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The Ethics of Terraforming

Terraforming is the artificial transformation of other planets into places suitable for human habitation. A good thing, surely? Paul York argues that terraforming isn’t as ethically straightforward as you might think.

“Terraforming is a process of planetary engineering, specifically directed at enhancing the capacity of an extraterrestrial planetary environment to support life. The ultimate in terraforming would be to create an uncontained planetary biosphere emulating all the functions of the biosphere of the Earth – one that would be fully habitable for human beings”

(M.J.Fogg, Terraforming, 1995, pp.89-90).

Terraforming is essentially ‘eco-engineering’ on a planetary scale. One takes, for example, a ‘dead’, airless, dry, frigid, planet like Mars and takes steps to generate and retain a breathable atmosphere, produce liquid water, and raise the temperature to an appropriate level. Plants can then be grown, animals and human beings will be able to live there and eventually the planet will become self-sufficient with its own habitations and civilization.

In practical terms, terraforming Mars would involve at least the following: artificial melting of the Martian polar caps and/or the permafrost to produce liquid water and gaseous carbon dioxide, in the process increasing the surface temperature of the planet; and artificial production of gases to raise atmospheric pressure and temperature and to protect introduced life forms from UV radiation. By any standards, this would be a massive undertaking, greater by many orders of magnitude than any engineering effort ever undertaken by human beings.

One particular approach to terraforming Mars, known as the Runaway Greenhouse Effect, is described by Martyn Fogg (1995, p.5) as “a catastrophic climatic instability caused by the release of greenhouse gases (e.g water vapour and CO2) from artificially heated surface reservoirs into a planetary atmosphere. This heats the planetary surface, releasing more gas and so on until the climate ‘runs away’ in a positive feedback cycle to some stable, high-temperature regime.”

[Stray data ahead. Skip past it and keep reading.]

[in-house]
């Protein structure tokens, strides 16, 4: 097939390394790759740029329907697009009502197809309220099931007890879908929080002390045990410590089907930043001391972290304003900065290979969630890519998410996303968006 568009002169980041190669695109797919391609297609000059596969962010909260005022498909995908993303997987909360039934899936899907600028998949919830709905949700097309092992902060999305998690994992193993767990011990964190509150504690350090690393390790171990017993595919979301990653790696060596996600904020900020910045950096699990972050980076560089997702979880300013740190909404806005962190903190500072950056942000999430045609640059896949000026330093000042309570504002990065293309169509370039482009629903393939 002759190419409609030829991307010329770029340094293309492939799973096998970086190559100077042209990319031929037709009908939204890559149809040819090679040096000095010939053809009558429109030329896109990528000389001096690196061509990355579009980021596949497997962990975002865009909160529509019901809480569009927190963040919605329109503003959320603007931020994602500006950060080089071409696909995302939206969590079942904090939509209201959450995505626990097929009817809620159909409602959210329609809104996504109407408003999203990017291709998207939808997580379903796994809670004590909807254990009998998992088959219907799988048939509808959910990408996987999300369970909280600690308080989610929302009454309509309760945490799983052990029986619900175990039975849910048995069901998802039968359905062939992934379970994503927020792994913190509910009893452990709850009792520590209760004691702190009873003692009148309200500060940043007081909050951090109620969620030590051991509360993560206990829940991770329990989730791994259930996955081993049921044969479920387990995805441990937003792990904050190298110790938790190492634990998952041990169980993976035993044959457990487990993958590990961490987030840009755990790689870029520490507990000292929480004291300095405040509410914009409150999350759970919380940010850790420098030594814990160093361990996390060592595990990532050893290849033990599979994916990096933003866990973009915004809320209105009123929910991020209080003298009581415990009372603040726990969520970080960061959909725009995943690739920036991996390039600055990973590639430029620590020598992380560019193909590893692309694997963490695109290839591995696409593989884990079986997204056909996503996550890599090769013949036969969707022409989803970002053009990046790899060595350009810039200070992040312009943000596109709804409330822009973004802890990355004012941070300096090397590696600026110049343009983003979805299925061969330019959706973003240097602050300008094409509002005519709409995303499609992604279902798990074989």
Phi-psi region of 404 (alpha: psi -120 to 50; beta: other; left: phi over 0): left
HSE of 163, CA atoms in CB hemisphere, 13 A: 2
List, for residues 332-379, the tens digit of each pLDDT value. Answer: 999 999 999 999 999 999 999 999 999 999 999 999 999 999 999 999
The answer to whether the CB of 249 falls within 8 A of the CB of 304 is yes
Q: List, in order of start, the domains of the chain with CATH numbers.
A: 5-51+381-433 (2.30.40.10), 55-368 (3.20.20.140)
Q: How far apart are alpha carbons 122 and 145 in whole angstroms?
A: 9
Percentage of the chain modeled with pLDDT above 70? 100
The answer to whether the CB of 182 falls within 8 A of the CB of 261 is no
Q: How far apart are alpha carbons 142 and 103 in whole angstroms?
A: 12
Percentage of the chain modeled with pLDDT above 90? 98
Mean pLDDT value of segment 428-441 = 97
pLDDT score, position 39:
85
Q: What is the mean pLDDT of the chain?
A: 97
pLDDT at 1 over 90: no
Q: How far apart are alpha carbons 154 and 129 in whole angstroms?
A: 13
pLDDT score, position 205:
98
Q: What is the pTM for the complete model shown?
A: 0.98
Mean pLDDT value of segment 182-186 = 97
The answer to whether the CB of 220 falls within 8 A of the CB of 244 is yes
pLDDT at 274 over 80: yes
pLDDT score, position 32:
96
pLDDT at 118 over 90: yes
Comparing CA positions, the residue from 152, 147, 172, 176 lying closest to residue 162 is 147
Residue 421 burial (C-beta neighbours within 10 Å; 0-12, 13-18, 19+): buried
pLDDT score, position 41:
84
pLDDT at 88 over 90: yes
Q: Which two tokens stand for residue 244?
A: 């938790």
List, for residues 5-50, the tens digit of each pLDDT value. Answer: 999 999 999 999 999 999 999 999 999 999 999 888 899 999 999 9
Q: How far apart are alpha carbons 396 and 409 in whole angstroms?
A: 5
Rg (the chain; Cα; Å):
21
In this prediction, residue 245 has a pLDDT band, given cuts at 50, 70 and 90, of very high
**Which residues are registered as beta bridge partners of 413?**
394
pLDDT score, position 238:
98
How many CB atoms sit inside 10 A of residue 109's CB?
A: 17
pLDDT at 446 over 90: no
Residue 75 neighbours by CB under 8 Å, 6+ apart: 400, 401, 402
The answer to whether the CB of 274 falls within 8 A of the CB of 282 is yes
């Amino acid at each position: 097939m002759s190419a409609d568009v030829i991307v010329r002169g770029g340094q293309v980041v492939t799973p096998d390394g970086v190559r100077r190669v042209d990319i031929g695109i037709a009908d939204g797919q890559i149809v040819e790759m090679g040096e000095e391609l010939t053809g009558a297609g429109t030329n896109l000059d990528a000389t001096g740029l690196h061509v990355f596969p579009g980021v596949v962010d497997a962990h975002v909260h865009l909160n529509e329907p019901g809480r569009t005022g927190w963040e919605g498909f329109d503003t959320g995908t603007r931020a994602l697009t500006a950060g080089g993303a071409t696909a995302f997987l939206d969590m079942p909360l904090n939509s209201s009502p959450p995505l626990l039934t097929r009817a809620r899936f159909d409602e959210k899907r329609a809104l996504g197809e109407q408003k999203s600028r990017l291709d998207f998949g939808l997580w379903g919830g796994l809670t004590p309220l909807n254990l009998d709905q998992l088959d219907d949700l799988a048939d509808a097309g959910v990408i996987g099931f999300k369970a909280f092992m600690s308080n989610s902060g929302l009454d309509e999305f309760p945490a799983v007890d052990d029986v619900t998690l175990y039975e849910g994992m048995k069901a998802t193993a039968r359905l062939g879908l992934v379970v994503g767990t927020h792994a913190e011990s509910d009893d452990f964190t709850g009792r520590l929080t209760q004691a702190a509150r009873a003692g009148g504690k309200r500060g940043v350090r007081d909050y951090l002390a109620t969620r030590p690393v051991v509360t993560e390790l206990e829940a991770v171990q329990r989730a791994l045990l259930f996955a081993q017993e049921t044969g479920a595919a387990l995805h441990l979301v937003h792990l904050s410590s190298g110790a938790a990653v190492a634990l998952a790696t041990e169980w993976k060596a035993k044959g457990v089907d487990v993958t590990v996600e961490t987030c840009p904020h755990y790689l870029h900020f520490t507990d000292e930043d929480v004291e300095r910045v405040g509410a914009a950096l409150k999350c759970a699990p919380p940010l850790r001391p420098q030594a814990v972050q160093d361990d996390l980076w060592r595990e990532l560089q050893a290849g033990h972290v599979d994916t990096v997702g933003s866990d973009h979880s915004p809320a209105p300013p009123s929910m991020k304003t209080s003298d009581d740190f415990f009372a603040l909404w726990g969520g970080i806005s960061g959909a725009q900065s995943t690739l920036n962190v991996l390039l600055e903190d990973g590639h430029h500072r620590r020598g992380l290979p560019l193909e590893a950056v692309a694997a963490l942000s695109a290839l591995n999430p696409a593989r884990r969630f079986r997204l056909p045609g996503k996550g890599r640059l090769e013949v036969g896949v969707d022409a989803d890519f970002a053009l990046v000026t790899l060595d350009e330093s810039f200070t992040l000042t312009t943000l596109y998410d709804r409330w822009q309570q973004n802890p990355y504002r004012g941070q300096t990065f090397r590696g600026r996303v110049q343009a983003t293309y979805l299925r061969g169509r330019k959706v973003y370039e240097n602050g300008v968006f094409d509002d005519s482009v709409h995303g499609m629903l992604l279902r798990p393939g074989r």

This approach raises a number of interesting points. First, the methods employed for releasing greenhouse gases from the Martian crust will depend on the quantity of gases locked in or near the surface and also on the manner of their chemical combination with or storage in the rocks of the crust. For example, whilst it may be possible to release water vapour and gases from surface rocks and permafrost through the direct application of heat focussed by huge solar mirrors positioned nearby in space, it may be necessary to detonate nuclear devices to directly release water stored in underground aquifers or to generate sufficient heat to release water from the permafrost. Clearly, some terraforming approaches may be more acceptable than others.

Second, the ‘stable, high-temperature regime’ referred to had better not just be any old regime. For the planet to be habitable, the mean surface temperature of Mars would need to be raised from around -56ºC and then stabilized within some fairly narrow band around 15ºC, which is the mean surface temperature of the Earth. Approaches of this kind are not lightly called ‘runaway’, as the mean surface temperature of Venus is of the order of 460ºC, a situation widely thought to be due to natural greenhouse effects. Achieving the desired temperature target would not necessarily be a straightforward matter.

Sounds Like Science Fiction!